The first PM in more than a decade not to hail from a political dynasty, the populist Naoto Kan hopes to boost his party's standing ahead of July elections.
The former finance minister beat his rival, Shinji Tarutoko, in a June 4 vote among members of parliament belonging to the ruling Democratic Party of Japan [DPJ], just two days after Yukio Hatoyama resigned for his woeful handling of the relocation of a US airbase in Okinawa.
Mr. Kan, Japan’s sixth prime minister in four years, is the first leader in 14 years not to hail from a political dynasty. An outspoken politician, he is targeting issues from Japan’s public debt – the highest in the industrialized world – to regaining public trust in the tarnished political class to spurring growth in a fast-graying society.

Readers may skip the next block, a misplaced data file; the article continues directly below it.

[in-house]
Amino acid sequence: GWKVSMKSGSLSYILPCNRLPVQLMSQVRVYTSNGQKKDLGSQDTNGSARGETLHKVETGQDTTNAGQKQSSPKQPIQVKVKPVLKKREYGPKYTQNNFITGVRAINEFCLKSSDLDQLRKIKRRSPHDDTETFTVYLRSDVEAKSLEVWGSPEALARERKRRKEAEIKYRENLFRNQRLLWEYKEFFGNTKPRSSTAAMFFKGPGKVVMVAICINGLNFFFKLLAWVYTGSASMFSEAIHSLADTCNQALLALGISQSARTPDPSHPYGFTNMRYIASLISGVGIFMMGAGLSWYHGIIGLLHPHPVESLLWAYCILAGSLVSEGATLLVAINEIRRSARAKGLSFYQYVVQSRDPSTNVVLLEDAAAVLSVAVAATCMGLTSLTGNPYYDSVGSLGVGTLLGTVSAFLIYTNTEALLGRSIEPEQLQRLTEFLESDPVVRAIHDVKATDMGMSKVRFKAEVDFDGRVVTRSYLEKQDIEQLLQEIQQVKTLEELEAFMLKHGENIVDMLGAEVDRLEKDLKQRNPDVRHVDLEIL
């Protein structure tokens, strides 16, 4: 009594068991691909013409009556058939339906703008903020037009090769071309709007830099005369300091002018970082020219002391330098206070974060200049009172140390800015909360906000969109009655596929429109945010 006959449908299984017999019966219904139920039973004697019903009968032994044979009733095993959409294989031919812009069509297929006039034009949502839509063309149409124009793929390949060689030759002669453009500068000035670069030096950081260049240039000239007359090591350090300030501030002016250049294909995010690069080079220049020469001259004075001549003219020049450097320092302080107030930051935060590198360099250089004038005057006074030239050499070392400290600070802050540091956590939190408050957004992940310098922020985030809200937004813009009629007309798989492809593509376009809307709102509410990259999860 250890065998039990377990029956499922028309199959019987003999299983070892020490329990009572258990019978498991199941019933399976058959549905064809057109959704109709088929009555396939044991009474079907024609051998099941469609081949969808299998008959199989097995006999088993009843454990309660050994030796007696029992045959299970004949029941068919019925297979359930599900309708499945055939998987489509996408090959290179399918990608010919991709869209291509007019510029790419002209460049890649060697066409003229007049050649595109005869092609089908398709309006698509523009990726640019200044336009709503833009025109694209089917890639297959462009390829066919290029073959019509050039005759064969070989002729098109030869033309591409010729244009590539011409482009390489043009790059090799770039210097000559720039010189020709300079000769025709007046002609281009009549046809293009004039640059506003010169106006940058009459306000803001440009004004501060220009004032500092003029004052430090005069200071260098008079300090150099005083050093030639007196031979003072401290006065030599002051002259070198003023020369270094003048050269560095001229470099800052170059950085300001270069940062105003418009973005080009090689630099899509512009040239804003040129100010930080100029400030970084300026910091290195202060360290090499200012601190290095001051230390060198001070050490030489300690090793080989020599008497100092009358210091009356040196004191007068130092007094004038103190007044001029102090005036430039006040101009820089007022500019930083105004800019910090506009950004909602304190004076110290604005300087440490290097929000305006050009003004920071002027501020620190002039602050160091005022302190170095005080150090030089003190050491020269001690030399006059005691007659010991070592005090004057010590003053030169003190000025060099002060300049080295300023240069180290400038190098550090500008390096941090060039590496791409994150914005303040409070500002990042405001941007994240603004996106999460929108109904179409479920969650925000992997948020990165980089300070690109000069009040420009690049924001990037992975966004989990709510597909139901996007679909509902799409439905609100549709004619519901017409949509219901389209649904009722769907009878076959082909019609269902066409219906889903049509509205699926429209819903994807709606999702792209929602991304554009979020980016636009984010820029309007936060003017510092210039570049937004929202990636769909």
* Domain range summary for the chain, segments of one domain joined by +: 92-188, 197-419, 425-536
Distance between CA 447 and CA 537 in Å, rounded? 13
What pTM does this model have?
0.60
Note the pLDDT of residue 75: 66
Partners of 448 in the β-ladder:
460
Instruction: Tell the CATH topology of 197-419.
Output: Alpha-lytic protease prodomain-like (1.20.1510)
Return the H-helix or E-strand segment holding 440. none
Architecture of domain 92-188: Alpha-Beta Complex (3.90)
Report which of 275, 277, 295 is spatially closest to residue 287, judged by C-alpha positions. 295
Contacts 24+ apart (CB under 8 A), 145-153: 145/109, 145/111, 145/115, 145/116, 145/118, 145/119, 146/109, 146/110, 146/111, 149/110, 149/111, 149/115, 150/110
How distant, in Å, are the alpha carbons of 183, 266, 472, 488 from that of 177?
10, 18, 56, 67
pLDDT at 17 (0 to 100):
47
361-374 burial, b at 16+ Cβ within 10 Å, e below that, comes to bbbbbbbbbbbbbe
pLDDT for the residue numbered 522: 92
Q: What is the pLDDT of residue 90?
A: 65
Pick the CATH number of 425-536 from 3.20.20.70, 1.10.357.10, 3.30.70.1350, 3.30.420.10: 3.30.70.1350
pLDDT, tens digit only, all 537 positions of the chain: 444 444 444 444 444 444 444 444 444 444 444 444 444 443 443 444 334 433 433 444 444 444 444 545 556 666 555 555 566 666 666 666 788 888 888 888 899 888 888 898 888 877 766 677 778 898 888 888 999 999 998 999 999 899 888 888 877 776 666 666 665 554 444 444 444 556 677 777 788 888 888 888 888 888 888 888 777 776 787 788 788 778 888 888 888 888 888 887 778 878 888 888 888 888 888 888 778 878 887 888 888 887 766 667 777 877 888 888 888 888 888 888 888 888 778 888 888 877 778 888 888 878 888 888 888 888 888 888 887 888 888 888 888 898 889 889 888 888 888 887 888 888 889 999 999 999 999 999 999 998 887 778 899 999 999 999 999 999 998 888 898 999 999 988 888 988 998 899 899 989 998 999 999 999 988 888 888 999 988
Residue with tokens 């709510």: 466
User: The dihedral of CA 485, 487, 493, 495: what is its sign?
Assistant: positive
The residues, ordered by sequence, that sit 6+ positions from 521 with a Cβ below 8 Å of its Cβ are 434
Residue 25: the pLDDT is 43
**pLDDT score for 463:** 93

Kan has also moved quickly to reassure the United States that it remained the “cornerstone” of Japan’s diplomacy and that he will stand by the recent agreement to relocate Futenma Marine base within the island of Okinawa. But he added that he would also strive to realize his predecessor’s grand vision of an East Asian community modeled on the European Union.